In the 18 October issue of the London Tablet, Peter Stanford’s column draws attention to the list of the 100 Best Christian Books compiled by the Church Times, which claims to be “the world’s leading Anglican newspaper.” A sidebar explains the process: regular reviewers were asked to submit nominations, and from more than 700 titles, 120 were ranked in accordance with the number of mentions received. A panel of eight judges then met and decided on a final list of 100 titles. “Enduring value,” or “lasting influence,” seems to have been the chief criterion applied. It appears also that the titles are listed in order of merit. The editors note:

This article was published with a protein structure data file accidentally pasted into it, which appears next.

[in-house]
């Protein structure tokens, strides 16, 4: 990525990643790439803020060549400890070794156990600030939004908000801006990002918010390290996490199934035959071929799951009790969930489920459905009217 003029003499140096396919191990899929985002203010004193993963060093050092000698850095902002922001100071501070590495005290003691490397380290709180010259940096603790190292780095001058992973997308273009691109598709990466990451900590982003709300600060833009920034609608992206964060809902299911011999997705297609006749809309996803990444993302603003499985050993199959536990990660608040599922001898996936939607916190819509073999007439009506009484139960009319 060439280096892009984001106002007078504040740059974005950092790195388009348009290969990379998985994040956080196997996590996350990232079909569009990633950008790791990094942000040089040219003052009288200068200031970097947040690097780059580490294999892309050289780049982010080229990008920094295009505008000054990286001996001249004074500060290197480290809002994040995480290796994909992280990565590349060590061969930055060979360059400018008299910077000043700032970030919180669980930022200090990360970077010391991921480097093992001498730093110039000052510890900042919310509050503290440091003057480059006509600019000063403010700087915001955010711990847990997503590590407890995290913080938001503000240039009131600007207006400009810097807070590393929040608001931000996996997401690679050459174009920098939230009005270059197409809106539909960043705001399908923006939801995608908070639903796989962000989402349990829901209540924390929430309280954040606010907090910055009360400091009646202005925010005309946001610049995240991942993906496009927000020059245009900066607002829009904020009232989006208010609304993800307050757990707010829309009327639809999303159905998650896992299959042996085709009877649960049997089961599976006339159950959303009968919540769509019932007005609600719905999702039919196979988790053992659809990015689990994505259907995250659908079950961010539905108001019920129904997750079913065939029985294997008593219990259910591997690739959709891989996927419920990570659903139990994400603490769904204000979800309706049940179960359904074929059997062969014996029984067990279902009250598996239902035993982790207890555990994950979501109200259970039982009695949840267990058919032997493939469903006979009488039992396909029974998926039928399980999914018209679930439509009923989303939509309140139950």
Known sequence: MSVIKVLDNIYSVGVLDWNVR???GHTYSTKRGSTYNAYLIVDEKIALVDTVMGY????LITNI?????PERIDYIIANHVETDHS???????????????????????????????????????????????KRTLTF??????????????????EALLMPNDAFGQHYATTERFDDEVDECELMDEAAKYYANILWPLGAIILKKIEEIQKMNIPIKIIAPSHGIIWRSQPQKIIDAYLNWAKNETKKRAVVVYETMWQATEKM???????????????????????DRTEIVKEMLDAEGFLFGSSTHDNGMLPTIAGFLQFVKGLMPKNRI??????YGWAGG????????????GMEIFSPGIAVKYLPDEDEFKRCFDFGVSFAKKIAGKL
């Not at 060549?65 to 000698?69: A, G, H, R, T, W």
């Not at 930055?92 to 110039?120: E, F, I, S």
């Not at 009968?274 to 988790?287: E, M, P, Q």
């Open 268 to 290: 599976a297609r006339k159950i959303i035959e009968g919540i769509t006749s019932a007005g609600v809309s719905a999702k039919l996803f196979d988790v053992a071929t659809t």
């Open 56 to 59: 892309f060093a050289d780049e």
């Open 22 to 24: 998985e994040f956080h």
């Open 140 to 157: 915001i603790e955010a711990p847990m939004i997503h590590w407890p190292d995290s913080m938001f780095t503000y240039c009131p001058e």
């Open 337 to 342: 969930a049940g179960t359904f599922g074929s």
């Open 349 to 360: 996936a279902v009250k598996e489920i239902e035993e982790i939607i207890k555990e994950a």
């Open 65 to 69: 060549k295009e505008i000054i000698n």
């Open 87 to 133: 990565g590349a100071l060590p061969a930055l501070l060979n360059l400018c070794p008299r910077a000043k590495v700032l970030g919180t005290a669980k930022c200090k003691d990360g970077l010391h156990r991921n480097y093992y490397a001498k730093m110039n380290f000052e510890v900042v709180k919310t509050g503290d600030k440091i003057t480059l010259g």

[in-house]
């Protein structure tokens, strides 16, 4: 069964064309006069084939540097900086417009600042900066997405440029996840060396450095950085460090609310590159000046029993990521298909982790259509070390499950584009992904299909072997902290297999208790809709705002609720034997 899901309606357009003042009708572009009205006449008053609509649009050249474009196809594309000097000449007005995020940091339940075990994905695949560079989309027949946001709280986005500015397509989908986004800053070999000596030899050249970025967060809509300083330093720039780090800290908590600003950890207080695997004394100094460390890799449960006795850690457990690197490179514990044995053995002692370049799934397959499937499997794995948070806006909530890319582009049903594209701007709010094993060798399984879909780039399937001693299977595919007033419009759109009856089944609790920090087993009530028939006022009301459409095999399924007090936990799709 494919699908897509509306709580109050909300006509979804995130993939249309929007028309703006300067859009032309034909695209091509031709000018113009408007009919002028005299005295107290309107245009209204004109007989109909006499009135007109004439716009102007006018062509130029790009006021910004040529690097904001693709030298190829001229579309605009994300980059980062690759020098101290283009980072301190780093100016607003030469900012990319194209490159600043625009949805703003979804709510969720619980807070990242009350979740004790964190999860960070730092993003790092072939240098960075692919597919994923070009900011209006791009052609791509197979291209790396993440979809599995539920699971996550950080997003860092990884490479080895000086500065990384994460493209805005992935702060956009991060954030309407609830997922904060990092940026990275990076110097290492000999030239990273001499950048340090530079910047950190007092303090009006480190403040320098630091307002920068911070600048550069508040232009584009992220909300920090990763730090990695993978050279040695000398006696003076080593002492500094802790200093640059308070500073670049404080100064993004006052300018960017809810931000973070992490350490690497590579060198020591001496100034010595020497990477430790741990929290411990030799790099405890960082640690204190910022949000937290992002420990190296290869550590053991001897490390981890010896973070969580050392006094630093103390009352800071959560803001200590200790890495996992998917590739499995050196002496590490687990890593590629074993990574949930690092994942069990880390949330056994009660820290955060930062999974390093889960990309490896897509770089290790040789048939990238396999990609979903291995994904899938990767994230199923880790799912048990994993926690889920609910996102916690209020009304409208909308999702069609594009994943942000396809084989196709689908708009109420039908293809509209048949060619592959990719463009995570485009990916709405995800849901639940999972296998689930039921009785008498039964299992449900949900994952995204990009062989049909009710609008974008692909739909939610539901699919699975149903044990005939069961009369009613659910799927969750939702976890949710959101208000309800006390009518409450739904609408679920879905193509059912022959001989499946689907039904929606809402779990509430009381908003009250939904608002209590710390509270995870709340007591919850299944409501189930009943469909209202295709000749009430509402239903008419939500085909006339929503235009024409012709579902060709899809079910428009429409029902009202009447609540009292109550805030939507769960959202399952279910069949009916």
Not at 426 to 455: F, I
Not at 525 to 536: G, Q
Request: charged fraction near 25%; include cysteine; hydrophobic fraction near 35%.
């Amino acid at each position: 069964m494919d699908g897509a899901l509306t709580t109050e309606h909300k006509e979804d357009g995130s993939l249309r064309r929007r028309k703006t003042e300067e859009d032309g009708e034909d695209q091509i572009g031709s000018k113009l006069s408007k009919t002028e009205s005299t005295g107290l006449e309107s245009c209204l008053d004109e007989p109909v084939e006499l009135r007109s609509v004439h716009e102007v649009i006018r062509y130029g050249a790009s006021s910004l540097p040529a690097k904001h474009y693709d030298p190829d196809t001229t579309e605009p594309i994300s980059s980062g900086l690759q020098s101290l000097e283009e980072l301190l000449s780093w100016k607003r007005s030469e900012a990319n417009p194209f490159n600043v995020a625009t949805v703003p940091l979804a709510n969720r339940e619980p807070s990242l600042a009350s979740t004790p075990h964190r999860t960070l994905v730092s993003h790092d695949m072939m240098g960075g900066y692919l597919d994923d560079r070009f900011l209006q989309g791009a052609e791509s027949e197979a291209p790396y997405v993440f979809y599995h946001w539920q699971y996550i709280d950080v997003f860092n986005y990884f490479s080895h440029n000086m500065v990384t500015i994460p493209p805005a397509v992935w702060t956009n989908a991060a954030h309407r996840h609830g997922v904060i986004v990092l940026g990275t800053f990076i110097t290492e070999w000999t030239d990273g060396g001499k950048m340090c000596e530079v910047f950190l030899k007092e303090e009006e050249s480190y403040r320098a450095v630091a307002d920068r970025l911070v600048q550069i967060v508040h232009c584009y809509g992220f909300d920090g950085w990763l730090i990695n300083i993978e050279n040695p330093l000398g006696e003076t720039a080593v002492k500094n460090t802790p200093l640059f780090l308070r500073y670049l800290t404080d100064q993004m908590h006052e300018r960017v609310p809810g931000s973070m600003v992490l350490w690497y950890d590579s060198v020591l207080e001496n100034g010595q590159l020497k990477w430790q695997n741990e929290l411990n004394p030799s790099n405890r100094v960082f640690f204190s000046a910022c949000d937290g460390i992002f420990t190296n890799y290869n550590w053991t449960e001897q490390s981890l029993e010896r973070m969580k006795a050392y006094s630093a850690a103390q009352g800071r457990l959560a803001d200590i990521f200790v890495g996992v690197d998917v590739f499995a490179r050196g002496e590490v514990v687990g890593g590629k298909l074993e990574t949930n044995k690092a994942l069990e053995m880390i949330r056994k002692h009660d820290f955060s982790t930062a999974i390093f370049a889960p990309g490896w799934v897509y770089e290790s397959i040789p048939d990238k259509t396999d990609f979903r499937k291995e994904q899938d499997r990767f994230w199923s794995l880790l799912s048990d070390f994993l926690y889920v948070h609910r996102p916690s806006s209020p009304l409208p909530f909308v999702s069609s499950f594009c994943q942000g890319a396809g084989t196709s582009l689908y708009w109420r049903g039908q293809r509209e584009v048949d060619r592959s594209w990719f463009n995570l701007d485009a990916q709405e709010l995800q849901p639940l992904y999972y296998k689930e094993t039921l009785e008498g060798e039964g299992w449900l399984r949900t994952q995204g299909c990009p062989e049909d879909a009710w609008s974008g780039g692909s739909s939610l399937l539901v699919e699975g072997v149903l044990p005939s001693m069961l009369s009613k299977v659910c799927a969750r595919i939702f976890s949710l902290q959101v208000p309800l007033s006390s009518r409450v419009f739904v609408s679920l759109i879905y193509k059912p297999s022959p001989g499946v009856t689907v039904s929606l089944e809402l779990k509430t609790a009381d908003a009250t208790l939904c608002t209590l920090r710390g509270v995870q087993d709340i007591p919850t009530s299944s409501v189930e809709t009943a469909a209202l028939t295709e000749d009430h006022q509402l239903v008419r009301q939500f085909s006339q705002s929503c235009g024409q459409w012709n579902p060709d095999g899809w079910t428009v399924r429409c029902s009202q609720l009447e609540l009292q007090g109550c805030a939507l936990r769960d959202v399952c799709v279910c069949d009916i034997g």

Best is, of course, a value judgement. We have kept it for this project because it is so obviously subjective. “Best” does not just cover a book’s intrinsic worth: it also prompts a consideration of what a book can achieve. Throughout our debate, we found ourselves balancing a title’s historical position with its place in our memories. A different set of judges on a different day — perhaps even the same set of judges — would certainly have come up with a different list.
Lists like this, of course, are made to be debated. So: which titles might you remove and which add to the list? Where would your ranking differ from that of the panel of judges?